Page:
The Ministry of Environmental Protection and Regional Development (VARAM) has developed a conceptual report in cooperation with the Central Election Commission (CVK) and Office of Citizenship and Migration Affairs (PMLP) that would enable citizens to vote in parliamentary elections using their eID card, according to the VARAM Public Relations Department on February 24.
In the last parliamentary elections there were over 62,000 citizens who only had an eID card for official identification, but the eID card is currently not a valid form of ID for voting in parliamentary elections. Authorities predict that for the next elections this number could reach 200,000.
As previously reported , in May 2019 Latvian lawmakers passed legislative amendments that make electronic identification cards (eID) mandatory identification documents for all residents of Latvia who have reached the age of 15. Passports will be optional documents or travel documents to countries which do not recognize Latvia’s eID. eID cards will also be a unified identification tool for access to the government e-services. The cards will become compulsory from January 1, 2023.
During the 2014 and 2018 elections eID card holders could apply for a special voter certificate, but the solution had several issues that decreased voter turnout and created an additional administrative burden. VARAM proposes that voting could be recorded using an online eID voter register instead of being stamped into passports, so that people could use the card as a valid document.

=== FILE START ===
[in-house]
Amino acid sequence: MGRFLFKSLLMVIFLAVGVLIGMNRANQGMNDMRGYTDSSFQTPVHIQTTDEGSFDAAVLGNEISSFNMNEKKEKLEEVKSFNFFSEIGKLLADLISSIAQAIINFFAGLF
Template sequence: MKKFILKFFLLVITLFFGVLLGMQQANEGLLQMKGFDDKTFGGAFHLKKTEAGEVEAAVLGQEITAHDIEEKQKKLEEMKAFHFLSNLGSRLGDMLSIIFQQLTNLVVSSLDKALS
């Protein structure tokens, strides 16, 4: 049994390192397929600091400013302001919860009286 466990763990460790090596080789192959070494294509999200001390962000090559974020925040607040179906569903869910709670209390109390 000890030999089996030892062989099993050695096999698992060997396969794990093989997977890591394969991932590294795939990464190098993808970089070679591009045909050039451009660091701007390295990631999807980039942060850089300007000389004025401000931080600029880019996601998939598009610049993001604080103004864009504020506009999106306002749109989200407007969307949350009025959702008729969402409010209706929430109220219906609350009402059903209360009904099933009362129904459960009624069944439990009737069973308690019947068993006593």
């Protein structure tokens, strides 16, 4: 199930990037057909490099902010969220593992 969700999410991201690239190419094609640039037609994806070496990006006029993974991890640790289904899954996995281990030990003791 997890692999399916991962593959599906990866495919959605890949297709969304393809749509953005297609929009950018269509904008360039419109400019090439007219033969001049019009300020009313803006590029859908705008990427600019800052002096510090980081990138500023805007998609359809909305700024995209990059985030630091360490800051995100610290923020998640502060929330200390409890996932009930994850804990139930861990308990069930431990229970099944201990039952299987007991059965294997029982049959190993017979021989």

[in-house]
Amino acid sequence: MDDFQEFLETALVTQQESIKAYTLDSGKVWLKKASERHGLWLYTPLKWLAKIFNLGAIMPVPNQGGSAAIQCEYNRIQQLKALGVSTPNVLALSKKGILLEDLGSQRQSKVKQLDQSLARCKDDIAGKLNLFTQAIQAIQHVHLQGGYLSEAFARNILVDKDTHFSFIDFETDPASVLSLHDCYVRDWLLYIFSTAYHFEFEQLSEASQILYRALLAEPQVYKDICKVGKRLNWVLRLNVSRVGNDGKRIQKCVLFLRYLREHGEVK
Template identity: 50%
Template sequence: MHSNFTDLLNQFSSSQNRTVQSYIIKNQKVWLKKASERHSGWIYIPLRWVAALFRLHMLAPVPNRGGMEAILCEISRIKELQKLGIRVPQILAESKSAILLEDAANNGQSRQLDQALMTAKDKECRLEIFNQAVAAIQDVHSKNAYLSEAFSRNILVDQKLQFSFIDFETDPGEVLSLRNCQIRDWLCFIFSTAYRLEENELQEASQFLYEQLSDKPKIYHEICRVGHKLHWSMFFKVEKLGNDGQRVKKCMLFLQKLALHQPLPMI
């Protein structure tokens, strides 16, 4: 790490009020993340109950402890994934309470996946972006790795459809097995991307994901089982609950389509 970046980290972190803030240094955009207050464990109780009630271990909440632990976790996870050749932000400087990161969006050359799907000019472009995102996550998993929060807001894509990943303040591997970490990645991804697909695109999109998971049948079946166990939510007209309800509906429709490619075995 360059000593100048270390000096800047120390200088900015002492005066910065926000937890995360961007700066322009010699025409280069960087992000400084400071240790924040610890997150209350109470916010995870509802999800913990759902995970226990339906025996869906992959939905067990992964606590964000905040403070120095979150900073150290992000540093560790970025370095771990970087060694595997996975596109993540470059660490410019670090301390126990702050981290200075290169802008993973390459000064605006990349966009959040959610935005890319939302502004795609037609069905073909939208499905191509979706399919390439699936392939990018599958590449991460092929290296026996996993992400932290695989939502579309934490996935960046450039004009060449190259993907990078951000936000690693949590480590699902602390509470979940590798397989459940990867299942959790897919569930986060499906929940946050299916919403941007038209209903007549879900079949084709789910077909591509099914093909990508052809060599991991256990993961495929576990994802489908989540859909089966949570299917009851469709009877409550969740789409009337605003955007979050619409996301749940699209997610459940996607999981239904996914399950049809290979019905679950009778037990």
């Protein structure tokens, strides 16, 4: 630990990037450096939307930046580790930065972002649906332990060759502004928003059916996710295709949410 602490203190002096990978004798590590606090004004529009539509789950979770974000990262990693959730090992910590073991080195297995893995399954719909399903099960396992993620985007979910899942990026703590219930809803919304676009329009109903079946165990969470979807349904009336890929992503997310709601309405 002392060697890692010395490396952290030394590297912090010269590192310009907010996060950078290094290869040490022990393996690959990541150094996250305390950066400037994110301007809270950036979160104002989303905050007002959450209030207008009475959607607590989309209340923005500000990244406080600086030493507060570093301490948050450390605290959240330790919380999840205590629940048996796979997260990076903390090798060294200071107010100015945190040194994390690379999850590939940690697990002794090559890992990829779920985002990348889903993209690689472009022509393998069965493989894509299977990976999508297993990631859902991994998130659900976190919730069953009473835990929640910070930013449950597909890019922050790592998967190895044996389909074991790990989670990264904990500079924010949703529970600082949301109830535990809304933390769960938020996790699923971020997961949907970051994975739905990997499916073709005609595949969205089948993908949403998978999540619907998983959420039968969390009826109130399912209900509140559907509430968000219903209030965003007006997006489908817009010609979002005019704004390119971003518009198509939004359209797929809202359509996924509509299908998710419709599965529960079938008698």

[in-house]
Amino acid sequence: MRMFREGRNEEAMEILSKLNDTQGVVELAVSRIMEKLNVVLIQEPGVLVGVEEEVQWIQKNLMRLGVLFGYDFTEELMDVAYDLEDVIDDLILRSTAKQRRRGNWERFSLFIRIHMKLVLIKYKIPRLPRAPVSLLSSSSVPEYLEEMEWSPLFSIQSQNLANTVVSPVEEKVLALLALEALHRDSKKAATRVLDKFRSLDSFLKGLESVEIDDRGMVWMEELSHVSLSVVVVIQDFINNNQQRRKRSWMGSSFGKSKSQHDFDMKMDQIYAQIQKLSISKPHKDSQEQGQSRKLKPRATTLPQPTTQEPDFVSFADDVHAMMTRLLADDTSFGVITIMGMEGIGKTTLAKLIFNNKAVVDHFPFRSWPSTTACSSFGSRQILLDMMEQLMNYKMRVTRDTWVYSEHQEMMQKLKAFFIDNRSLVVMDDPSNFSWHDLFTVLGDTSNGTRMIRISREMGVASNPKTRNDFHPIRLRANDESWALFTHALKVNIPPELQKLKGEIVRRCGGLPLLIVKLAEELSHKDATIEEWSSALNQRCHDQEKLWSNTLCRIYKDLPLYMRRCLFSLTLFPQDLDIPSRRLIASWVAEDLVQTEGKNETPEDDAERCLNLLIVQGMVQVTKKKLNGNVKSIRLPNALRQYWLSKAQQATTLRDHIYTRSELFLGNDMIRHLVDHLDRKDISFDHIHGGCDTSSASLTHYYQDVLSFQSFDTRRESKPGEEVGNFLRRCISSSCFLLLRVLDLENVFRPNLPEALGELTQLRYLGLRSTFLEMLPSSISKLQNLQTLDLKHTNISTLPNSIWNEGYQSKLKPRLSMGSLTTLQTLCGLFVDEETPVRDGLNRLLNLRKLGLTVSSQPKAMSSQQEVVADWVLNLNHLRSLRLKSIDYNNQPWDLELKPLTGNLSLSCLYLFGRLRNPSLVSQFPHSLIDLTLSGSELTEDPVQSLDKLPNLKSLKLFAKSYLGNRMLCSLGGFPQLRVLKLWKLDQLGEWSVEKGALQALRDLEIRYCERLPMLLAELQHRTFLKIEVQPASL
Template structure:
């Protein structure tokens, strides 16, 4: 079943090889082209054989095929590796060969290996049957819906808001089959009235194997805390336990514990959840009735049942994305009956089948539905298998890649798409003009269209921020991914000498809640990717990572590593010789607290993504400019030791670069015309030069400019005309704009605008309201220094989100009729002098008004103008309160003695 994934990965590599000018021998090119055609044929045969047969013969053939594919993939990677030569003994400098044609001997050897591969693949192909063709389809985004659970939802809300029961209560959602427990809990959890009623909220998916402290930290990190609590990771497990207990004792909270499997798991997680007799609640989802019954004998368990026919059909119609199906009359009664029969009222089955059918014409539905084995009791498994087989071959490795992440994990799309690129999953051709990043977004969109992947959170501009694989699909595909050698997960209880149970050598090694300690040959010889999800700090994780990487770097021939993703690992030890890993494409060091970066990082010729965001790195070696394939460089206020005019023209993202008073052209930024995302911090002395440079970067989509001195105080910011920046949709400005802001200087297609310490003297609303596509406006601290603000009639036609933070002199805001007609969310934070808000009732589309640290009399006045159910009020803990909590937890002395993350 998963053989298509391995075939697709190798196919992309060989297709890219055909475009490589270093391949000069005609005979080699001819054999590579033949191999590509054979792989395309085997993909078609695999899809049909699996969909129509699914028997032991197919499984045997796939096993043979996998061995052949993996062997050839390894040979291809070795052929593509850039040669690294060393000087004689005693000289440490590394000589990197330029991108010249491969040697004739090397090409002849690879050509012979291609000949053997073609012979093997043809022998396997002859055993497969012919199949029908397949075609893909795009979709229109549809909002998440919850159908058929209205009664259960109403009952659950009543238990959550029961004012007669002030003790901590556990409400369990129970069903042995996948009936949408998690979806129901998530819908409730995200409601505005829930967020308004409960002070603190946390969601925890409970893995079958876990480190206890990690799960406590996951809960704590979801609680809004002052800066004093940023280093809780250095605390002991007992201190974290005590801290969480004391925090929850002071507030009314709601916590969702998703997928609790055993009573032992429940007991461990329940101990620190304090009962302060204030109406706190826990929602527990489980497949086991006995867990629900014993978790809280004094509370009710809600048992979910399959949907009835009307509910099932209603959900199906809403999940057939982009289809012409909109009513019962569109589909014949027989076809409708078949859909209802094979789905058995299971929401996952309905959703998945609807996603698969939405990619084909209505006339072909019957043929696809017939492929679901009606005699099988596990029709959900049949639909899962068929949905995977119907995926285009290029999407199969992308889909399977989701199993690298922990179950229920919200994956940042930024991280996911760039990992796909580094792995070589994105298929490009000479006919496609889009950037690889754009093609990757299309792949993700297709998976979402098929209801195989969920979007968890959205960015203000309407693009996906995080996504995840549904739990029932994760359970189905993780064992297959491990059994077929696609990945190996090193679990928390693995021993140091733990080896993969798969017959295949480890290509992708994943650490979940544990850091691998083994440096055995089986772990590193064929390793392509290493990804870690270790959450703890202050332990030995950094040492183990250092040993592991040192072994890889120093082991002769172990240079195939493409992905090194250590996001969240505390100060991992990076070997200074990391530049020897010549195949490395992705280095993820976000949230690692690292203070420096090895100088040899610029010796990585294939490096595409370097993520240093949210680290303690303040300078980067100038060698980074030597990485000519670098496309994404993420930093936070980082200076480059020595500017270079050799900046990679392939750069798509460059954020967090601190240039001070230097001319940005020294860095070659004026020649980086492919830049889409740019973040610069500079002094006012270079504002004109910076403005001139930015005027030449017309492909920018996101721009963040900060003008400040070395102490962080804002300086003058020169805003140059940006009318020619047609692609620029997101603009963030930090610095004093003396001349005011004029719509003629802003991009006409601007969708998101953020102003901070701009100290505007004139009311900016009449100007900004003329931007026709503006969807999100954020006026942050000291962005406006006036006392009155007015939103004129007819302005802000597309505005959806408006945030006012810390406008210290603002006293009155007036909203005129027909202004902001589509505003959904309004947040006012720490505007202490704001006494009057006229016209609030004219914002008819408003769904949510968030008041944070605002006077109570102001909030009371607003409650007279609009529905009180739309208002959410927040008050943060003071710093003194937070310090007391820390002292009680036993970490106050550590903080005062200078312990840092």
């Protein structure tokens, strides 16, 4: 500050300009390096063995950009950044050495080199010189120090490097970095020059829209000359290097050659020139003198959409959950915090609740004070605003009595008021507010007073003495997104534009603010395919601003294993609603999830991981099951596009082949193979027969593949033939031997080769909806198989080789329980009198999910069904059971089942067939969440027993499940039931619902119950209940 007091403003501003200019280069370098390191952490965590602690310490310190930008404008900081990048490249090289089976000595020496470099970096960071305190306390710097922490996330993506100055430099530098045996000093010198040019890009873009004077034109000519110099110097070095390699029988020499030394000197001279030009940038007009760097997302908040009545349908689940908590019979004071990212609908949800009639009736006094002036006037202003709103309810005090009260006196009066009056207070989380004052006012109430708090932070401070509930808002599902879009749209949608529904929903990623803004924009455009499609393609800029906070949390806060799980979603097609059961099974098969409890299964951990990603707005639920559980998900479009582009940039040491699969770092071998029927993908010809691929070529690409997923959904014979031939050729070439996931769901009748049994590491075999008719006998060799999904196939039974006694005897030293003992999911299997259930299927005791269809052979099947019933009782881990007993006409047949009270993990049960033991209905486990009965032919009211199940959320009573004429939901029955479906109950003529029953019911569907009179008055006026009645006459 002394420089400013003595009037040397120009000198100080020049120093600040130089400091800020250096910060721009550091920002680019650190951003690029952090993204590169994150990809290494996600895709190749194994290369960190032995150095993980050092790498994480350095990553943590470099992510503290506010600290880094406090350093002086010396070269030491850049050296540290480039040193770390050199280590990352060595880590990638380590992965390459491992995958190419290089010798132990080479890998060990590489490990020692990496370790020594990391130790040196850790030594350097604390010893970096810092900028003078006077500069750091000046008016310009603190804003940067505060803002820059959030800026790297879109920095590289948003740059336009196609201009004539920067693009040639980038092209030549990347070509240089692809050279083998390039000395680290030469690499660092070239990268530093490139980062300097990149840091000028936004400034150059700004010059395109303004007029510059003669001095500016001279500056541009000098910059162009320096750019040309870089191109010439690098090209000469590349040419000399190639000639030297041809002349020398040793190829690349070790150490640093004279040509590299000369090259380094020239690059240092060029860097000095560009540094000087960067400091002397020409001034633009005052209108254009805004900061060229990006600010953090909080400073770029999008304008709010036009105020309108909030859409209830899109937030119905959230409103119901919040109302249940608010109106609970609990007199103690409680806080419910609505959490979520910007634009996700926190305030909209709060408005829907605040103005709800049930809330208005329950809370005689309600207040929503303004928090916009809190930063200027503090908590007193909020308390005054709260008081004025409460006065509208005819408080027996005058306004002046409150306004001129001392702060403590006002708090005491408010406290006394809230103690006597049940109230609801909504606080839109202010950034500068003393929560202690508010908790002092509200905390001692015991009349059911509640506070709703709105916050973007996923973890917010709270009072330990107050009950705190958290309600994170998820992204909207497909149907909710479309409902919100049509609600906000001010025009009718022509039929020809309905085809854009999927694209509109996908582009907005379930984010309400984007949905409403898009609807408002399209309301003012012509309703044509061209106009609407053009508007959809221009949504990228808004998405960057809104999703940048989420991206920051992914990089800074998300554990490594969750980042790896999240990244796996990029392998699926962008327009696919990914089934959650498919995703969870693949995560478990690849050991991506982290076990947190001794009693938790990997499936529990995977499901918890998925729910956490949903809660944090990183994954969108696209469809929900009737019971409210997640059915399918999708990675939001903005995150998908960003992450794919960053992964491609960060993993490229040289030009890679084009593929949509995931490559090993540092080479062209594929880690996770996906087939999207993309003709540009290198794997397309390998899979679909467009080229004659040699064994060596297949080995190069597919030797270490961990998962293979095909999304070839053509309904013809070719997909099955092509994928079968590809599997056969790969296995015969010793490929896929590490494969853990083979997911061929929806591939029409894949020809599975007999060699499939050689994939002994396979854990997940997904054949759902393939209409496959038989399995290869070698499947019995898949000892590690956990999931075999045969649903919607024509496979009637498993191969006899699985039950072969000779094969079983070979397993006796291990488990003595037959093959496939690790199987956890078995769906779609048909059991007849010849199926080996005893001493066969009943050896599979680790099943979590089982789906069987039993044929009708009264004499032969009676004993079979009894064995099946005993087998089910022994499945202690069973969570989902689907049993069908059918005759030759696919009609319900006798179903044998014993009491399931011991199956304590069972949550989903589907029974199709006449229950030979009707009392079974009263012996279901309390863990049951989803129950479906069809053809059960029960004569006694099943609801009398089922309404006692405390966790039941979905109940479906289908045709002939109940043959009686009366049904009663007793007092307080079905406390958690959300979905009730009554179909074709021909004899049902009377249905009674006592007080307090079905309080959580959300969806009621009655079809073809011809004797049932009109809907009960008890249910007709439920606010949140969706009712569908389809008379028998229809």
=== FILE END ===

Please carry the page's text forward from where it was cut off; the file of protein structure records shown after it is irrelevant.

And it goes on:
The ministry report suggests that new rented smartphones could be used to identify eID and passport holders using an app, keeping the option to manually record data as a backup. Mobile network operators would provide both logistics and user support. The technological solution could also be used to help people vote abroad. If the internet connection were to disappear, voting could continue using registered envelopes.
The report suggests using the solution for European Parliament elections, municipal elections, as well as for national referendums. The solution would cost 927,135 euros in total, which includes 430,491 euros for adapting the voter register program and 496,644 euros for smartphone rental.
The VARAM report also includes two alternative solutions: voting according to previously created voter registers (approximate cost of 914,343 euros), or voting using voter certificates sent to declared residences (costing 734,178 euros). The Cabinet of Ministers will evaluate the report on February 25.